\$\endgroup\$
1
\$\begingroup\$

TI-BASIC, 27 bytes

Input Str1
For(X,1,length(Str1
Disp "
End

I love TI-84 because it completes my parentheses and quotes for me.
At the same time, it is quite annoying indeed how there is no string repeat (as far as I know). Even more annoying is that (as far as I know) all input is int not str and any text passed will result in a single newline. I hope this is still valid despite that. That was my bad. I was using an int variable.

Bytecount on TI-BASIC is kind of complex, the best way that I know of is going to TI Connect [CE] and looking for your program there.

Explained:

Input Str1                Ask for input and store in string variable

  length(Str1             Length of Str1
For(X,1,...               Loop through following code that many times
Disp "                    Display a blank string (with newline)
End                       End loop, go back to the For.

Test cases:

Typing on a TI-84 Plus CE is hard.
In these examples "-" is displayed instead of newline so you don't have to count. That took a while to type.enter image description here

\$\endgroup\$
0
\$\begingroup\$

REXX 27 Bytes

say left("",length(arg(1)))
\$\endgroup\$
0
\$\begingroup\$

TXR Lisp, 22 19 bytes:

(op regsub #/./" ")

Previously:

(op mapcar(ret[" "0]))

That is a function to which we can pass a string:

REPL:

1> (op regsub #/./" ")
#<interpreted fun: lambda #:rest-0164>
2> [*1 "abc"]
"   "

"   "
\$\endgroup\$
0
\$\begingroup\$

Clojurescript, 27 bytes

#(apply str(map(fn[]" ")%))

Because it's based on js, clojurescript doesn't care about arity errors. That saves one byte over the clojure eqivalent.

\$\endgroup\$
0
\$\begingroup\$

Windows batch, 115 bytes

@set i=%~1
@set p=0
@set/ac=-1
:N
@call set t=%%i:~%p%,1%%
@set/ac+=1
@set/ap+=1
@if "%t%" NEQ "" @goto N
@echo %c%

Re-used code from my answer in Is the checkbox not not unchecked?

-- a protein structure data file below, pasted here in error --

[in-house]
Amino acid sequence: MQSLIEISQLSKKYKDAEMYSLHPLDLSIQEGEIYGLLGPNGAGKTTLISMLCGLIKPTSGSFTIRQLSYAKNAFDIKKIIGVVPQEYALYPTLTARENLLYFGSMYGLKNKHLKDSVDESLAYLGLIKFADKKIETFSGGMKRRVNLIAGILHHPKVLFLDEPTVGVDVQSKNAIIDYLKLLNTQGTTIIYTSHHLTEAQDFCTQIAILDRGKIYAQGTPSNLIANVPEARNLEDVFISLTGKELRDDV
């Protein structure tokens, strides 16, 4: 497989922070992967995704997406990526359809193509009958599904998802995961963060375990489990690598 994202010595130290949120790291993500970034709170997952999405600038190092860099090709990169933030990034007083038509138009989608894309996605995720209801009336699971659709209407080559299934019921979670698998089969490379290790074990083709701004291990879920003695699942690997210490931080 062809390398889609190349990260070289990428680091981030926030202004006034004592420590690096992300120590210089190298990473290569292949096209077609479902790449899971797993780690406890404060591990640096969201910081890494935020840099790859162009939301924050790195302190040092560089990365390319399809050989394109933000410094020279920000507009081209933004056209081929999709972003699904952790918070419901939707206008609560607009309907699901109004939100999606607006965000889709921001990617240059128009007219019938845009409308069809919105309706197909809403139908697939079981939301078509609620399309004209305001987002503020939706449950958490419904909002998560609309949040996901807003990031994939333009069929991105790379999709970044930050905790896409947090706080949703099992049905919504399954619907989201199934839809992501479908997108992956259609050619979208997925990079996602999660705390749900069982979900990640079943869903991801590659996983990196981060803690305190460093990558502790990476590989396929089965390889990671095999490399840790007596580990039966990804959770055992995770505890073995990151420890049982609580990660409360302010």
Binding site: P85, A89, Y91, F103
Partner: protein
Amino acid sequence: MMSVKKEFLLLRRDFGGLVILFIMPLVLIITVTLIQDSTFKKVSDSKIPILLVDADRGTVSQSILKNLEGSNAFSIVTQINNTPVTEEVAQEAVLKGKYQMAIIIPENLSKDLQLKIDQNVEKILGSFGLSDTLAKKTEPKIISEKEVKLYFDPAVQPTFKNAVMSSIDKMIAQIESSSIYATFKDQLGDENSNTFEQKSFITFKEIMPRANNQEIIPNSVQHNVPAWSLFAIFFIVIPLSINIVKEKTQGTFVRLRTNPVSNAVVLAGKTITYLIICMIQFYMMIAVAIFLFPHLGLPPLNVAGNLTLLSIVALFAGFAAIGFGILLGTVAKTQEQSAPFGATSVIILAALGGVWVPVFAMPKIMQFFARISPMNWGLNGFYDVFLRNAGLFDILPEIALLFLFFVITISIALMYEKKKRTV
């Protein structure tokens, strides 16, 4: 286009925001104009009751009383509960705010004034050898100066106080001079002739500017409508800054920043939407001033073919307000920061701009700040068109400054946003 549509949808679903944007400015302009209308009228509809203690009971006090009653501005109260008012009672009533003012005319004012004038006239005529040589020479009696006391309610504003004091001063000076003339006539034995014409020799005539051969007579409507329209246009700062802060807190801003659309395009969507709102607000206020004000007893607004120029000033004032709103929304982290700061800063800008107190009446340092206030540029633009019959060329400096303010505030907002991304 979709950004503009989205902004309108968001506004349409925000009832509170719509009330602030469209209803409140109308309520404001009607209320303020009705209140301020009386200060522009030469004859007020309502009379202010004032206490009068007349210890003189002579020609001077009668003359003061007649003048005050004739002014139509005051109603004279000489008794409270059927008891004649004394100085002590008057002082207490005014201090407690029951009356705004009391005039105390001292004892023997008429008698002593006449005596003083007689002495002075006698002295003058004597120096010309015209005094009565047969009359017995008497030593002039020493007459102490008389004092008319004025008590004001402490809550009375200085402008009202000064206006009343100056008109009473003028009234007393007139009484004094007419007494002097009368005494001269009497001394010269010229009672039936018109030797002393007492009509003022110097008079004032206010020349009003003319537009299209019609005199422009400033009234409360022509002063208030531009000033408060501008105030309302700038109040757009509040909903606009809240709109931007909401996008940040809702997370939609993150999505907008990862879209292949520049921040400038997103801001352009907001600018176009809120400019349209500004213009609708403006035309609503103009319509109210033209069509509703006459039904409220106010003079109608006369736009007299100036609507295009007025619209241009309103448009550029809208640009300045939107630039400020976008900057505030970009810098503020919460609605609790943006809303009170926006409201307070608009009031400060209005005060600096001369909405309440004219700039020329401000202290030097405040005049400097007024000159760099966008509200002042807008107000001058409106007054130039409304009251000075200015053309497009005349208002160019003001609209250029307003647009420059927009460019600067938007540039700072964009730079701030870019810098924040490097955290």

\$\endgroup\$
0
\$\begingroup\$

Bash + Coreutils, 11 Bytes

tr -c \ \

\$\endgroup\$
0
\$\begingroup\$

Powershell, 22 Bytes

' '*(Read-Host).length
\$\endgroup\$
4
  • 1
    \$\begingroup\$ Not sure if Read-Host counts for input but " "*"$args".length is shorter anyway. Also there is not len property. That should be printing nulls. \$\endgroup\$
    – Matt
    Commented May 30, 2017 at 12:17
  • \$\begingroup\$ Length property and Len are same \$\endgroup\$ Commented May 30, 2017 at 13:32
  • \$\begingroup\$ "hello".Len is null on my system because that is a non-existent property where as "hello".Length returns 5. If that works for you then you have an alias or extent that I, and most, do not have. \$\endgroup\$
    – Matt
    Commented May 30, 2017 at 14:14
  • \$\begingroup\$ Ok...That explains it \$\endgroup\$ Commented May 30, 2017 at 14:15
0
\$\begingroup\$

Ruby, 12 11+1 = 13 12 bytes

Uses the -p flag. -1 byte from Martin Ender.

gsub /./,$/

Try it online!

\$\endgroup\$
0
0
\$\begingroup\$

J, 6 bytes

' '#~#

Try it online!

Explanation

' '#~#
   #~    repeat
' '      spaces
     #   for length of input
\$\endgroup\$
2
  • \$\begingroup\$ 4 bytes ''"0 outputs n newlines. \$\endgroup\$
    – FrownyFrog
    Commented Oct 28, 2017 at 1:07
  • \$\begingroup\$ @FrownyFrog You should make your own answer, it's quite different from mine \$\endgroup\$ Commented Oct 28, 2017 at 3:51
0
\$\begingroup\$

Common Lisp, 32 bytes

(format t"~va"(length(read))#\ )

Try it online!

\$\endgroup\$
0
\$\begingroup\$

Carrot, 12 bytes

#^//()/gS" "

Try it online! (append a ^@^v@ after the code to see the spaces bounded between @s)

Explanation

#^            Set the stack-string to be equal to the input
/             Get matches of this regex
 /()/g         any position (not character) in the string (shorter than /\b|\B/ by 3 bytes)
              If the length of the string is 3, this returns a 4-element array
               consisting of empty strings
S" "          Join on spaces, so the example 4-element array will result in 3 spaces

The space can even be replaced with a literal newline or tab for the same bytecount.

\$\endgroup\$
0
\$\begingroup\$

dc, 18 bytes

?Zd[9P1-d0<r]sr0<r

Try it online!

\$\endgroup\$

Your Answer

By clicking “Post Your Answer”, you agree to our terms of service and acknowledge you have read our privacy policy.

Not the answer you're looking for? Browse other questions tagged or ask your own question.